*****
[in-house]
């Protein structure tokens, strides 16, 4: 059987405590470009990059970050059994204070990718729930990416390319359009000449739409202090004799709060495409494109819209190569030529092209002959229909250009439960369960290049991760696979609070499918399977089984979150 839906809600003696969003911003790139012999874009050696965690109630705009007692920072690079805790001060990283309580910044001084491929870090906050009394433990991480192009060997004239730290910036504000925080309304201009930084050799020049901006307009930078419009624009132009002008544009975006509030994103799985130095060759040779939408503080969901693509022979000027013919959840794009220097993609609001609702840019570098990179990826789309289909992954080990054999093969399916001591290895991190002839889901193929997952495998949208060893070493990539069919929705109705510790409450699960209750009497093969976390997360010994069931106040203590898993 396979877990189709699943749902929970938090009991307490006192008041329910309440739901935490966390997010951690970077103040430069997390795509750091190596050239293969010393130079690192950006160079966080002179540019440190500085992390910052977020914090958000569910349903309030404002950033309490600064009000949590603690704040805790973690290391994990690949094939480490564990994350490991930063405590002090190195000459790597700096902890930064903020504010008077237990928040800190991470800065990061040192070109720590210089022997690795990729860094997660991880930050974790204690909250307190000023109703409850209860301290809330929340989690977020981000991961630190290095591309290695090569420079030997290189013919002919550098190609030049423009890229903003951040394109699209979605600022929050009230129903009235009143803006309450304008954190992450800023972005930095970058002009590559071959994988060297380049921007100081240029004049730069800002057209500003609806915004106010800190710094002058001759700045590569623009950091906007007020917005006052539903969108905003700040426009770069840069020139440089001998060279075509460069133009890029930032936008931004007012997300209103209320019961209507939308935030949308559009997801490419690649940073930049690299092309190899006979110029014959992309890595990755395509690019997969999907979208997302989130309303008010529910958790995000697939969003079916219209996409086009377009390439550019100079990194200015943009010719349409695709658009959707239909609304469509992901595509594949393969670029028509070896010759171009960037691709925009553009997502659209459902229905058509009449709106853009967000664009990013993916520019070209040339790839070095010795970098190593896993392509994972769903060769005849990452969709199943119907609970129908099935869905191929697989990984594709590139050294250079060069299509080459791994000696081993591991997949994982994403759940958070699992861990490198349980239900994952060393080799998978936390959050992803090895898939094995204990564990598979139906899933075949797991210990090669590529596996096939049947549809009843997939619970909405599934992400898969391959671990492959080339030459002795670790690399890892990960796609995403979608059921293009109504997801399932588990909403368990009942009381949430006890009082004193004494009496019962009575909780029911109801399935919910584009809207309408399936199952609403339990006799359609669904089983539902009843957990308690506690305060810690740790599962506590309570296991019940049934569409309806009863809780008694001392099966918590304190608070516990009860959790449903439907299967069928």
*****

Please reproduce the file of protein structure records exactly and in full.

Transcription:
[in-house]
């Protein structure tokens, strides 16, 4: 059987405590470009990059970050059994204070990718729930990416390319359009000449739409202090004799709060495409494109819209190569030529092209002959229909250009439960369960290049991760696979609070499918399977089984979150 839906809600003696969003911003790139012999874009050696965690109630705009007692920072690079805790001060990283309580910044001084491929870090906050009394433990991480192009060997004239730290910036504000925080309304201009930084050799020049901006307009930078419009624009132009002008544009975006509030994103799985130095060759040779939408503080969901693509022979000027013919959840794009220097993609609001609702840019570098990179990826789309289909992954080990054999093969399916001591290895991190002839889901193929997952495998949208060893070493990539069919929705109705510790409450699960209750009497093969976390997360010994069931106040203590898993 396979877990189709699943749902929970938090009991307490006192008041329910309440739901935490966390997010951690970077103040430069997390795509750091190596050239293969010393130079690192950006160079966080002179540019440190500085992390910052977020914090958000569910349903309030404002950033309490600064009000949590603690704040805790973690290391994990690949094939480490564990994350490991930063405590002090190195000459790597700096902890930064903020504010008077237990928040800190991470800065990061040192070109720590210089022997690795990729860094997660991880930050974790204690909250307190000023109703409850209860301290809330929340989690977020981000991961630190290095591309290695090569420079030997290189013919002919550098190609030049423009890229903003951040394109699209979605600022929050009230129903009235009143803006309450304008954190992450800023972005930095970058002009590559071959994988060297380049921007100081240029004049730069800002057209500003609806915004106010800190710094002058001759700045590569623009950091906007007020917005006052539903969108905003700040426009770069840069020139440089001998060279075509460069133009890029930032936008931004007012997300209103209320019961209507939308935030949308559009997801490419690649940073930049690299092309190899006979110029014959992309890595990755395509690019997969999907979208997302989130309303008010529910958790995000697939969003079916219209996409086009377009390439550019100079990194200015943009010719349409695709658009959707239909609304469509992901595509594949393969670029028509070896010759171009960037691709925009553009997502659209459902229905058509009449709106853009967000664009990013993916520019070209040339790839070095010795970098190593896993392509994972769903060769005849990452969709199943119907609970129908099935869905191929697989990984594709590139050294250079060069299509080459791994000696081993591991997949994982994403759940958070699992861990490198349980239900994952060393080799998978936390959050992803090895898939094995204990564990598979139906899933075949797991210990090669590529596996096939049947549809009843997939619970909405599934992400898969391959671990492959080339030459002795670790690399890892990960796609995403979608059921293009109504997801399932588990909403368990009942009381949430006890009082004193004494009496019962009575909780029911109801399935919910584009809207309408399936199952609403339990006799359609669904089983539902009843957990308690506690305060810690740790599962506590309570296991019940049934569409309806009863809780008694001392099966918590304190608070516990009860959790449903439907299967069928």